You know, those pretty-patterned apron things that breastfeeding women use to cover up "the girls" while they nourish their babies...
"What??!" Gasp the modesty proponents. "But how will you breastfeed in public places?! What will my husband think?? What about all the innocent children??"
These questions are what has stopped me for 4 years from abandoning the sweaty, pain-in-the-ass, brightly-coloured nursing tent that really just serves as a happy-looking way to oppress women.
"Now, that's a little extreme." Hmm... yes, perhaps. But think about this for a second:
The World Health Organization recommends breastfeeding for two years. Our North American health care systems are all up in women's faces about breastfeeding as soon as they have a baby. Then, we thrust these women back into their lives and tell them, "You can breastfeed, but you can't show anyone that you're doing it".
We hand her a cover or point to a bedroom (or one of those awful "nursing rooms" at the mall) and say, "Keep it secret. Keep it safe."
We tell the young Catholic mamas like my circle of friends, that it's about modesty. It's about guarding our brothers and son's eyes from sexual fantasy, not thinking that maybe the reason a nursing mom's breasts could be the object of sexual fantasy is because we've hidden the natural process of breastfeeding from these men and boys and made breasts into dirty objects of lust.
I breastfed at Mass yesterday.
I (gasp) did not cover.
The only people who noticed when Zachary paused for quite awhile to suck his fingers while searching for my exposed nipple, were our priest, who politely nodded and averted his eyes, and a young altar server.
The altar server came up to me after Mass and asked to see Zachary. She (oops, did I forget to mention it was a female altar server) then sweetly said to me,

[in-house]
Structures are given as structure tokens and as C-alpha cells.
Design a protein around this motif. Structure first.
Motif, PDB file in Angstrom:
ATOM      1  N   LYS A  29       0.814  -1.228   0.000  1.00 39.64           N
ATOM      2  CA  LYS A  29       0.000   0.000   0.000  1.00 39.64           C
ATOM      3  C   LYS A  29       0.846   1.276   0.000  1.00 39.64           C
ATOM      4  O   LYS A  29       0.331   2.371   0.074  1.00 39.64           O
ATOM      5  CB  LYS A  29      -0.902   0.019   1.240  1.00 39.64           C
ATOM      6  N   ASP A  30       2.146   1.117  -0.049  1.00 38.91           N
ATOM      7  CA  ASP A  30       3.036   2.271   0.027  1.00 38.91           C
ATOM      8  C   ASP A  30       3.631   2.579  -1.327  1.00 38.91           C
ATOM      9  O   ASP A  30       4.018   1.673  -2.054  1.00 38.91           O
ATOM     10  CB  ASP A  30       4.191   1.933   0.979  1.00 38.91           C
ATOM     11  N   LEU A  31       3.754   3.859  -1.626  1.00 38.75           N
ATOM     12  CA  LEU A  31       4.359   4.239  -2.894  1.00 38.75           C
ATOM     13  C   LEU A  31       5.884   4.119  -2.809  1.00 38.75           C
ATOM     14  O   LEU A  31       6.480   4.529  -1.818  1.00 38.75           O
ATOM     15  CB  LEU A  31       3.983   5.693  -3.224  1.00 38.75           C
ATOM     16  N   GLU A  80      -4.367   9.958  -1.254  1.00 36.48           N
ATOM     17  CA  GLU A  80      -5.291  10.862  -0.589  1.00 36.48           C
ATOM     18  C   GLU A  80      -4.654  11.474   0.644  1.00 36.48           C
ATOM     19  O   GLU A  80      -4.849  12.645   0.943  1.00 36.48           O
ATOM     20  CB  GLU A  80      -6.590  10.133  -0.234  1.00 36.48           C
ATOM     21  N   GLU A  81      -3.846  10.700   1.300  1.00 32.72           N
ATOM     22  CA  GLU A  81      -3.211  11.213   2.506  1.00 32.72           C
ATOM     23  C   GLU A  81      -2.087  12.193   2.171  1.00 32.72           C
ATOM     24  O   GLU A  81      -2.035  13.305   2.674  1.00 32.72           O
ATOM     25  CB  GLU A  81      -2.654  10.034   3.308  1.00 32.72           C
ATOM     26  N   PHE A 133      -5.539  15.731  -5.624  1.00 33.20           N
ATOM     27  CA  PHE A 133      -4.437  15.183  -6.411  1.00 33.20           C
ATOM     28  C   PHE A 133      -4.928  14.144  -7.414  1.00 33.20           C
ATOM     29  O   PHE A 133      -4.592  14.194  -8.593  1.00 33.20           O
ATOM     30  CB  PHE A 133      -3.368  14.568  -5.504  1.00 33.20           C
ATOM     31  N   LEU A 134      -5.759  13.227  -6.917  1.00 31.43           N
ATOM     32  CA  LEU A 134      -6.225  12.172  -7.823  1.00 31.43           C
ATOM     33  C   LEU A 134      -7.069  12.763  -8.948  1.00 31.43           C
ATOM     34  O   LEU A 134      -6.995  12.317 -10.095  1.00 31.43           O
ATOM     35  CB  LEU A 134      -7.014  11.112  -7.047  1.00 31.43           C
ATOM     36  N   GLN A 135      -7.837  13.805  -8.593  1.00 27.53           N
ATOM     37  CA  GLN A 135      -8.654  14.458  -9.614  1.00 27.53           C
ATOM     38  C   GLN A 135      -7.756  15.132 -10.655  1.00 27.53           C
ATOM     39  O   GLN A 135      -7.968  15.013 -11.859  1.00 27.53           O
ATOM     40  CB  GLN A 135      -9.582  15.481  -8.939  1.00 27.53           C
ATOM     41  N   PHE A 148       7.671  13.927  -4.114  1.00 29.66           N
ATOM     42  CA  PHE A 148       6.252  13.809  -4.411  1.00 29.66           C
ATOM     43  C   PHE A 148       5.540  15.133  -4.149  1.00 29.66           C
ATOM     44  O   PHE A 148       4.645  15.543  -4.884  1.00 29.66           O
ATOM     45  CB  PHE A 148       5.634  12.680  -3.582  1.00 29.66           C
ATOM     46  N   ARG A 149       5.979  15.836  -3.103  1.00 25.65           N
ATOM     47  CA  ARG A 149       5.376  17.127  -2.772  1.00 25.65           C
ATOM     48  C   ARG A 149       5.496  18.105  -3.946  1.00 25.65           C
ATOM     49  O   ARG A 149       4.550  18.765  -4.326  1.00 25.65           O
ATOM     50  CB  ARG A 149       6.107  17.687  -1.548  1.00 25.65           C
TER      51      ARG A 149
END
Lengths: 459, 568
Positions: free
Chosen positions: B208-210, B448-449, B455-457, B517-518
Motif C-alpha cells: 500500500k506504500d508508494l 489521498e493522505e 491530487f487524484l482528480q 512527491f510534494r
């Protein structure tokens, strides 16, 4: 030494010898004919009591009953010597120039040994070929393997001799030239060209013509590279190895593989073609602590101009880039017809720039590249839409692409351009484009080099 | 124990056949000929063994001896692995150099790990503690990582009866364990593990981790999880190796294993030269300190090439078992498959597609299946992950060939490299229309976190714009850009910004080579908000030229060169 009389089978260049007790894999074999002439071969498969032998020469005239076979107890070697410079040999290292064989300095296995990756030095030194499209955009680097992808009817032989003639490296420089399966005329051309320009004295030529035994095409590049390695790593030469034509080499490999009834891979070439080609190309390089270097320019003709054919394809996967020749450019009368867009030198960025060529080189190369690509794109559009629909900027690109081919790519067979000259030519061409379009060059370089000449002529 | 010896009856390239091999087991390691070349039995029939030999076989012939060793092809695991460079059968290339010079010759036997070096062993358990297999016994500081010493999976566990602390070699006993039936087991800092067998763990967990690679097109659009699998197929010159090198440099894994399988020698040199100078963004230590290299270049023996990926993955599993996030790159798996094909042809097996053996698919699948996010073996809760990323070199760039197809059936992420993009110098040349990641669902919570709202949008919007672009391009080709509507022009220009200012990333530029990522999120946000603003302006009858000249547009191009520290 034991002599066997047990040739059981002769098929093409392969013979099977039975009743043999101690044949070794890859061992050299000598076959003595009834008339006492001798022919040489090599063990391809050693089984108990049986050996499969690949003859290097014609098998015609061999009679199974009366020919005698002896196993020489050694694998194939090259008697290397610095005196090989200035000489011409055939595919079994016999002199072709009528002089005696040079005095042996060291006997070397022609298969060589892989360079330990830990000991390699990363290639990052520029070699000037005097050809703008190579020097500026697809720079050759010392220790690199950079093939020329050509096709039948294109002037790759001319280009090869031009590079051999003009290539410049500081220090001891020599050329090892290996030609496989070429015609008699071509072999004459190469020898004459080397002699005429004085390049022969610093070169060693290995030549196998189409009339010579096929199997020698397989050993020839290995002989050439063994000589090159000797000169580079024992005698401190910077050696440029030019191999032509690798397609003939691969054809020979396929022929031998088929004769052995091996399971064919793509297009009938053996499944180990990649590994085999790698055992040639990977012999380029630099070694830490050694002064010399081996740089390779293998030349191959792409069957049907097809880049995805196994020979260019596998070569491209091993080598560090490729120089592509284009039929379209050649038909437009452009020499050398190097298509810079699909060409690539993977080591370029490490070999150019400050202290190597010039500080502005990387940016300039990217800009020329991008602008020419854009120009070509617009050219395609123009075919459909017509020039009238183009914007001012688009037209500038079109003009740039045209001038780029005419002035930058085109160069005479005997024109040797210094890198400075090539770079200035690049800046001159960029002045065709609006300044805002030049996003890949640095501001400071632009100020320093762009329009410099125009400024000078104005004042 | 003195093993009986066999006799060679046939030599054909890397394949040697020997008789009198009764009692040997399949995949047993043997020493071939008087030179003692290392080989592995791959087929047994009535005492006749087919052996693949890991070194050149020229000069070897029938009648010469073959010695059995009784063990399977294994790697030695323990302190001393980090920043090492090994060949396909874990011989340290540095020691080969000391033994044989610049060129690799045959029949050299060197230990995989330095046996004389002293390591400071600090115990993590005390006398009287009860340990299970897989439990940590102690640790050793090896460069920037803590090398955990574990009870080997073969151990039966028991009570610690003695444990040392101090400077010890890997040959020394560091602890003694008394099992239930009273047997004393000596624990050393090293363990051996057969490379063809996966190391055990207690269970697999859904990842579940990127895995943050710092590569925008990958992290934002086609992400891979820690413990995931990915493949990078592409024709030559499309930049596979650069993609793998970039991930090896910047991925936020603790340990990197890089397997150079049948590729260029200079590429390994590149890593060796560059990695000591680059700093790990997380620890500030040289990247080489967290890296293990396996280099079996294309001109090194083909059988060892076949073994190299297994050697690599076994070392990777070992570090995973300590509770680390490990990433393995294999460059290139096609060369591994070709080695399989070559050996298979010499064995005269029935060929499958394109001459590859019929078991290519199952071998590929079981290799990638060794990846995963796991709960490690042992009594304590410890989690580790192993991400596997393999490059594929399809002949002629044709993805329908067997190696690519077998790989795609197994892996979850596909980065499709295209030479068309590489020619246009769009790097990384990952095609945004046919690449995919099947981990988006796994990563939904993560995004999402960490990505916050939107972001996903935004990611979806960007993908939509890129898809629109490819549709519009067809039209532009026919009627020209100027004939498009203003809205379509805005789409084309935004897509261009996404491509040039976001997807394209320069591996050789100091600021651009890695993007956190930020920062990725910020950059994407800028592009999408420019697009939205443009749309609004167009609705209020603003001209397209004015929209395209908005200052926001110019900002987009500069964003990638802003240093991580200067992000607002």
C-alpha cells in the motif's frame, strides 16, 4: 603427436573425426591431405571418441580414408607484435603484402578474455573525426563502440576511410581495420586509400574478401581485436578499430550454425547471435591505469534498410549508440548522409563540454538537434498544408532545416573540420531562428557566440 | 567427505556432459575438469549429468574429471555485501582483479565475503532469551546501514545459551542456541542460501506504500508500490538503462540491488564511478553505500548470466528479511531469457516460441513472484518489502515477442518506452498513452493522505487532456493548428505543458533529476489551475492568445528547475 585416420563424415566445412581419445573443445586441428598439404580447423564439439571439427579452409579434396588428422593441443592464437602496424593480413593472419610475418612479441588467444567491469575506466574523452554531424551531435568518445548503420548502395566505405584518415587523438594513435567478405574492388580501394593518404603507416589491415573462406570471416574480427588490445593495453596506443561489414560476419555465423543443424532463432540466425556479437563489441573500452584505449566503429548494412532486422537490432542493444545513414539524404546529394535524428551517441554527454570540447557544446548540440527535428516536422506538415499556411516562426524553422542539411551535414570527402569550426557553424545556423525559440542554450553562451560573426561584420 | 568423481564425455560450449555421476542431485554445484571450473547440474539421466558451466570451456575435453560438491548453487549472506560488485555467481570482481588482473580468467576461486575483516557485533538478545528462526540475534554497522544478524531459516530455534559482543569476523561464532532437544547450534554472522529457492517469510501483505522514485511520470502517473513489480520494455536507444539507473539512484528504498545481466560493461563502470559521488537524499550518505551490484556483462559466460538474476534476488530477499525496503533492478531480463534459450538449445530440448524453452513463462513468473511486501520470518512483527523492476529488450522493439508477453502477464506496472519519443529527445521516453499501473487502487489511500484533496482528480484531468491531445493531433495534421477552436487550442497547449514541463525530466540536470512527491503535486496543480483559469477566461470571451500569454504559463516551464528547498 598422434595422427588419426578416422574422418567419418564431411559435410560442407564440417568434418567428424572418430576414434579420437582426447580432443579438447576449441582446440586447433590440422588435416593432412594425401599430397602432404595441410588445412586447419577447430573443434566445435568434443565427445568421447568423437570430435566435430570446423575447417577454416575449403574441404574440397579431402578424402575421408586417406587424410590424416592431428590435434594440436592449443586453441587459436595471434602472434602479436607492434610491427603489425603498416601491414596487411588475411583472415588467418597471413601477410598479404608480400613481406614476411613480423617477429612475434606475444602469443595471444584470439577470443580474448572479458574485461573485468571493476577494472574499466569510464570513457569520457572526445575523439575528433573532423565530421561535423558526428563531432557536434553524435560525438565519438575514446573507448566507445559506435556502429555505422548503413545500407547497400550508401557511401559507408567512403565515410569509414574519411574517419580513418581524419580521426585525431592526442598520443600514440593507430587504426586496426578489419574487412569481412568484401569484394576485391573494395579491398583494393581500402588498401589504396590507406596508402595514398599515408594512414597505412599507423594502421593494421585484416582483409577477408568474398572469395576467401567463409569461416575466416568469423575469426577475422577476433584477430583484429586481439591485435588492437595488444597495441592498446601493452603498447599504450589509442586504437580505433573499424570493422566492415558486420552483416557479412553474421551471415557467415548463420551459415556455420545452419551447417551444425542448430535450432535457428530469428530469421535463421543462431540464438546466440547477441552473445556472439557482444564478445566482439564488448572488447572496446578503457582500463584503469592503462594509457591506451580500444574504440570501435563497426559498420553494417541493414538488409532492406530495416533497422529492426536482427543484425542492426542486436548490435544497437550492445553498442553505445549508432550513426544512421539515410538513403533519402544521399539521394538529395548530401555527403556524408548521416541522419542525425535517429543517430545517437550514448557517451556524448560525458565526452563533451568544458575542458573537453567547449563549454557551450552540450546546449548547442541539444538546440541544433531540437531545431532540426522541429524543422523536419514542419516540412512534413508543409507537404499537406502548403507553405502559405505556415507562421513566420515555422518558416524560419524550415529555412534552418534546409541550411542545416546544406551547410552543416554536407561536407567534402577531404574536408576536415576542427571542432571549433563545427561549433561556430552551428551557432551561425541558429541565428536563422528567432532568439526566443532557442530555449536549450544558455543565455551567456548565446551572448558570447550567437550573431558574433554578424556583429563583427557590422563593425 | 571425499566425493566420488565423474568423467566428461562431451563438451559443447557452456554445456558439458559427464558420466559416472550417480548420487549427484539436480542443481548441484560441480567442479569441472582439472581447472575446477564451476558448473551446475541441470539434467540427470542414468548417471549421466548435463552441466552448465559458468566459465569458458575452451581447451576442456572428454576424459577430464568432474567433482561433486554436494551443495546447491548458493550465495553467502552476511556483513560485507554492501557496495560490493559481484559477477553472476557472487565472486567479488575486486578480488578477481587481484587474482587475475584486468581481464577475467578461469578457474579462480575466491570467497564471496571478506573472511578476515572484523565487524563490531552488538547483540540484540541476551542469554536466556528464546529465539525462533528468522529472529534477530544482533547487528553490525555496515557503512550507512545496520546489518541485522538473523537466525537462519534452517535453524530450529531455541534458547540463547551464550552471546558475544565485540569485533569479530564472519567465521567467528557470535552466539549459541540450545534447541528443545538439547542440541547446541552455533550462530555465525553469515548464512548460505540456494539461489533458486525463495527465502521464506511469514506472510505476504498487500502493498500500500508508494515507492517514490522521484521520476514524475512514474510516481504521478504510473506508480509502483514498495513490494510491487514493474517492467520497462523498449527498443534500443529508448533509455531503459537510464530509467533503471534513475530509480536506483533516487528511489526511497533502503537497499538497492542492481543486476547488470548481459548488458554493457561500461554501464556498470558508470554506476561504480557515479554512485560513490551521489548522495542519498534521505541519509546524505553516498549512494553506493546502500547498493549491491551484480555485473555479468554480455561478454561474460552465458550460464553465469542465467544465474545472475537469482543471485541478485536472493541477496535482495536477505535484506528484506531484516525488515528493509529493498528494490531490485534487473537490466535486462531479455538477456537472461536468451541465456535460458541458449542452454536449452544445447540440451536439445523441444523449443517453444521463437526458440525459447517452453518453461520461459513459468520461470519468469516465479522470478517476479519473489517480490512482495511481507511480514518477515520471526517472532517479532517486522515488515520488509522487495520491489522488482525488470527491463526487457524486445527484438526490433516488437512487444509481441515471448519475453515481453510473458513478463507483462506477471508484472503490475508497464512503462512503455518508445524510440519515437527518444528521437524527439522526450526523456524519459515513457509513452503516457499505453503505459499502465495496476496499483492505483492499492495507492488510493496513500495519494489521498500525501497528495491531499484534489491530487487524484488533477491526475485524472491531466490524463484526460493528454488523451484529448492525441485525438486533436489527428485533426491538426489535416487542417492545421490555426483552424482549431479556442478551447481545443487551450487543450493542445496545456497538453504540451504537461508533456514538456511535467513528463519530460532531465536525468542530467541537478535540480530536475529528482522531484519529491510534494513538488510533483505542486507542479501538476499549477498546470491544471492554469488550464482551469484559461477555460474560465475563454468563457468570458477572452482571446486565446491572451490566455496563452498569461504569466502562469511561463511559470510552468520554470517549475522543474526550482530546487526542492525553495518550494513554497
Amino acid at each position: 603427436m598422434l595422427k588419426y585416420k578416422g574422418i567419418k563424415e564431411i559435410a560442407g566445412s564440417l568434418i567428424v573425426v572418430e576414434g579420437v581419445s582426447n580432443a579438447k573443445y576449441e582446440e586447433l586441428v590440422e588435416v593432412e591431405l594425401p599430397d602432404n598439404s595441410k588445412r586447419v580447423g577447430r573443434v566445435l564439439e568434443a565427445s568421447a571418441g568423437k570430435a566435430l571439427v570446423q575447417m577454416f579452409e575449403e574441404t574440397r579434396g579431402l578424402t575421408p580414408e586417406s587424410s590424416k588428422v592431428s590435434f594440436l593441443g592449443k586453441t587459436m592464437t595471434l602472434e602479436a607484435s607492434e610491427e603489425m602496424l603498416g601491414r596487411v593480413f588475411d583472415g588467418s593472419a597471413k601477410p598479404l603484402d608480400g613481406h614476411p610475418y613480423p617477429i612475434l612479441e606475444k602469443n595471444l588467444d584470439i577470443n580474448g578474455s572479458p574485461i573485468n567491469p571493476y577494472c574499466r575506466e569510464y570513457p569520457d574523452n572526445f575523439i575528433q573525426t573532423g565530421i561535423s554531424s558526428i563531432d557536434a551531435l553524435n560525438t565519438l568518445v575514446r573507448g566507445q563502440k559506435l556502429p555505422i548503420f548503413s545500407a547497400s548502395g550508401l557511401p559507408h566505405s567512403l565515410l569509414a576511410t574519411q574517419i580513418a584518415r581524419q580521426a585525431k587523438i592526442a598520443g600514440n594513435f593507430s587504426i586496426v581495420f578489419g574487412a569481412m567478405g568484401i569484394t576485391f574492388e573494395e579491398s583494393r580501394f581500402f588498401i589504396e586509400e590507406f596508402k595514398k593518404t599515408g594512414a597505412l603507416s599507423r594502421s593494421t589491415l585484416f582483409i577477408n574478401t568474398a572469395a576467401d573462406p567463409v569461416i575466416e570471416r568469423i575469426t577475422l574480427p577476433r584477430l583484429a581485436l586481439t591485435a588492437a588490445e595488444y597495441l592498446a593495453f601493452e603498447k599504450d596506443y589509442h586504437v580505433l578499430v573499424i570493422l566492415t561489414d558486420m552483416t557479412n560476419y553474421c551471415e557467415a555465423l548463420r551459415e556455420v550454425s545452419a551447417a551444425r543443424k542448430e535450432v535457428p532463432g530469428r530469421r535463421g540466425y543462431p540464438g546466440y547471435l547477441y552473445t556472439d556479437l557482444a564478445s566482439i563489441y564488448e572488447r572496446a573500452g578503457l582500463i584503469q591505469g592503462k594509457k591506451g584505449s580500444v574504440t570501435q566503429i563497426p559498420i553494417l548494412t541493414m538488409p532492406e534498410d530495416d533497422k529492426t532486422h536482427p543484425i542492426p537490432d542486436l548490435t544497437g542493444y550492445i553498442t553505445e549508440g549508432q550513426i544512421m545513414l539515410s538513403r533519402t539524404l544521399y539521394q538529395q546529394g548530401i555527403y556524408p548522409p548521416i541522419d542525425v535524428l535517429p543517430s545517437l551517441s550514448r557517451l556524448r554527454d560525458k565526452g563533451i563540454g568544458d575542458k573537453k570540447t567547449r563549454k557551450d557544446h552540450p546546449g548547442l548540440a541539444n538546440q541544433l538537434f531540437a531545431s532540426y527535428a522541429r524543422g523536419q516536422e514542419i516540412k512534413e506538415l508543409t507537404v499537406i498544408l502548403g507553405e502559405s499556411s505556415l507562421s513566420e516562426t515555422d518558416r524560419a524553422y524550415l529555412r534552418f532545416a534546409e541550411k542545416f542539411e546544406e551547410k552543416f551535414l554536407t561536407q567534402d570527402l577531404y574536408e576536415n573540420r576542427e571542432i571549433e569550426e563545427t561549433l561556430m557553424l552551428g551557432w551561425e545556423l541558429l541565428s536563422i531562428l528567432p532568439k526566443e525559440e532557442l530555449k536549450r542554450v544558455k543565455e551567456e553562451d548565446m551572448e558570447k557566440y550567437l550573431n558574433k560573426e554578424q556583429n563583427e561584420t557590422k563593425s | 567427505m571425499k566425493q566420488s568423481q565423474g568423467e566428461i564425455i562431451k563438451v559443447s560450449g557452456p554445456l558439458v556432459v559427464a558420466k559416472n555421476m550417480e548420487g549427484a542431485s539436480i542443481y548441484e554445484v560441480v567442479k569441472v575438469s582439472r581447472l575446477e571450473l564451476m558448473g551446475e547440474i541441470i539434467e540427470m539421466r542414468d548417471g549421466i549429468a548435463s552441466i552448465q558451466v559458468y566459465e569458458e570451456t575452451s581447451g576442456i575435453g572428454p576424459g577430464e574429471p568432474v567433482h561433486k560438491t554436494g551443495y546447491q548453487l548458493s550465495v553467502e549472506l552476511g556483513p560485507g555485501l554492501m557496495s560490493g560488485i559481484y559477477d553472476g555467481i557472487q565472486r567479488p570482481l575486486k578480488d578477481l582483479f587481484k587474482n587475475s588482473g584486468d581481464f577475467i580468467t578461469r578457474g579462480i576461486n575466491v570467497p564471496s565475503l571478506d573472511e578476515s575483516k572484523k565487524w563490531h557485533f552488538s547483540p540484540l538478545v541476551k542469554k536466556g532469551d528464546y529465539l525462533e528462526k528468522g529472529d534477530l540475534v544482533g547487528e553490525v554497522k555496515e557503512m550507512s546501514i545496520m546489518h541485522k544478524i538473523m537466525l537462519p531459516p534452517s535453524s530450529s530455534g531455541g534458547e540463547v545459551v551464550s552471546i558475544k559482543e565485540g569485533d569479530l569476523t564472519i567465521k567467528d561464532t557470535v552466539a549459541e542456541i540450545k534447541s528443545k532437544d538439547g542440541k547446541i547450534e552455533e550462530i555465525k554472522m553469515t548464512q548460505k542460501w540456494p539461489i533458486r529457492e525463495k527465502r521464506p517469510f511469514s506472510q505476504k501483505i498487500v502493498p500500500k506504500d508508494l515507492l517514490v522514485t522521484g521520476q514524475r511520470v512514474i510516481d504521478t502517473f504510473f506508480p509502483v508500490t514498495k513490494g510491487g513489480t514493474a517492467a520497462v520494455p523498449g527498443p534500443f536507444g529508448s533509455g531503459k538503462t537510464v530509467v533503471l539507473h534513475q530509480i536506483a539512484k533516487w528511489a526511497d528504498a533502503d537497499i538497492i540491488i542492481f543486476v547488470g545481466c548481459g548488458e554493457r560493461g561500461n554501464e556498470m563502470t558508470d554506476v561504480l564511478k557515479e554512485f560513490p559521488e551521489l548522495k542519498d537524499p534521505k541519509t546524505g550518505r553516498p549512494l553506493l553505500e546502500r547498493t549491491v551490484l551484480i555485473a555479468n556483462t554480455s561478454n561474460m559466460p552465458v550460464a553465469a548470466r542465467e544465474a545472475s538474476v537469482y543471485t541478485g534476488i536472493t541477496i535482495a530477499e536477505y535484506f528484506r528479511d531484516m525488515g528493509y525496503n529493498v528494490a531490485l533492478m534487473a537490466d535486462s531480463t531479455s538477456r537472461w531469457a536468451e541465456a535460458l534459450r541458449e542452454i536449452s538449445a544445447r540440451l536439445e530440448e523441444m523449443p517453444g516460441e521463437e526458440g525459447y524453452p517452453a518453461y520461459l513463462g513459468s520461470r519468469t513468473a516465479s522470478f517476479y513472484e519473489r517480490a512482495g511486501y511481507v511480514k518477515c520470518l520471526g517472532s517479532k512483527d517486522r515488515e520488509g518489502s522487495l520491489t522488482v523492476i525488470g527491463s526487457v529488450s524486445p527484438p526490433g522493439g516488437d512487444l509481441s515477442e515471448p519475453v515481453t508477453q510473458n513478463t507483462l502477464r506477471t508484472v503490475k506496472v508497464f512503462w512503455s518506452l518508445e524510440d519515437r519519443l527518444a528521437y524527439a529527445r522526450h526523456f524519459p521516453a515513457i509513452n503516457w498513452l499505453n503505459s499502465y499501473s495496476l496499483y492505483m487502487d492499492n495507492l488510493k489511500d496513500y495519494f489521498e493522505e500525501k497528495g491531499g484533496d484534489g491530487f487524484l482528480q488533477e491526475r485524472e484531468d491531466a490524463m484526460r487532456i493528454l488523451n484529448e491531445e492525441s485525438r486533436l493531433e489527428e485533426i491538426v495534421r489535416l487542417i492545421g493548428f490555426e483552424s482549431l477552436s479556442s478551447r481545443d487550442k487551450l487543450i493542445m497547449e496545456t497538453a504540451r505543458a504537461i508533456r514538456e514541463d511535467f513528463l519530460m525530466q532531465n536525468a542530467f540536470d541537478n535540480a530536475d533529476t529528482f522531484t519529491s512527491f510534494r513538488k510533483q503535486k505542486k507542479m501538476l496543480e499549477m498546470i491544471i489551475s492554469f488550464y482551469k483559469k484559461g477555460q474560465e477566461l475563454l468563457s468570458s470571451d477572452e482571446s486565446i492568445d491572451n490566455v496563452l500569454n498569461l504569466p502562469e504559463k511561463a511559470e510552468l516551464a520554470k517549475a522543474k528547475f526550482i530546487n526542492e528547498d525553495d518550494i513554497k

I nodded and said that it probably helped. Then she asked,
"Were you feeding him the entire time after that? Because I couldn't even tell."
"Yes," I replied, then she said,
"That's probably easier than those aprony things."
That's when the bells went off for me. It was easier. I've spent 4 years inconveniencing myself for people whose good opinion I am not even seeking. For people who don't even notice I'm feeding the babies till I bring out the big pink and grey flag that says "Hey, look at me, I'm feeding my baby!"
It also occurred to me that all it took for our priest was to look elsewhere. He didn't say anything specifically about breastfeeding to me after Mass, but he did say that Zach looked like a big healthy boy, and added, "Good job, mom."
If our priest can look elsewhere, so can other men/women. All it takes is some rationality and will-power, whereas for a nursing mom, it takes
1. Remembering to bring the nursing cover.
2. Taking said cover out and putting it on.
3. Calming the baby under the cover (which is especially difficult with a handsy 6 month-old on a sweltering day).
4. Latching the baby
5. Making sure the cover doesn't slip aside, blow aside or get pulled aside (sometimes involving wrestling it from the baby, who then unlatches and fusses, beginning the process over again).
6. Sitting there trying to be discreet with her big huge pretty nursing flag.
Alternately, if covering is an issue - it takes leaving a conversation and isolating herself in another room. I've never been so lonely as the Thanksgiving dinner that I spent up in a bedroom alone nursing my first, while friends of ours talked and laughed below.
It was in those moments that I first thought something was wrong if moms have to spend hours housebound, or socially isolated in the name of the natural God-given practice of nursing a baby. I've even had people say to me while I'm wearing my cover, "Oh, you're feeding, so I'll leave you alone." So the pink and grey thing that was supposed to make everything better actually made it more awkward.
My midwife said to me one day that if women keep covering, it will just further perpetuate the feeling that breastfeeding is something that needs to be covered, something dirty and bad. To be kept locked up. I think we all just need to take a look at ourselves and apply a little rational thought to the situation. I'm not intentionally flashing people, like I'm a starstruck fan at some concert - I'm feeding my baby.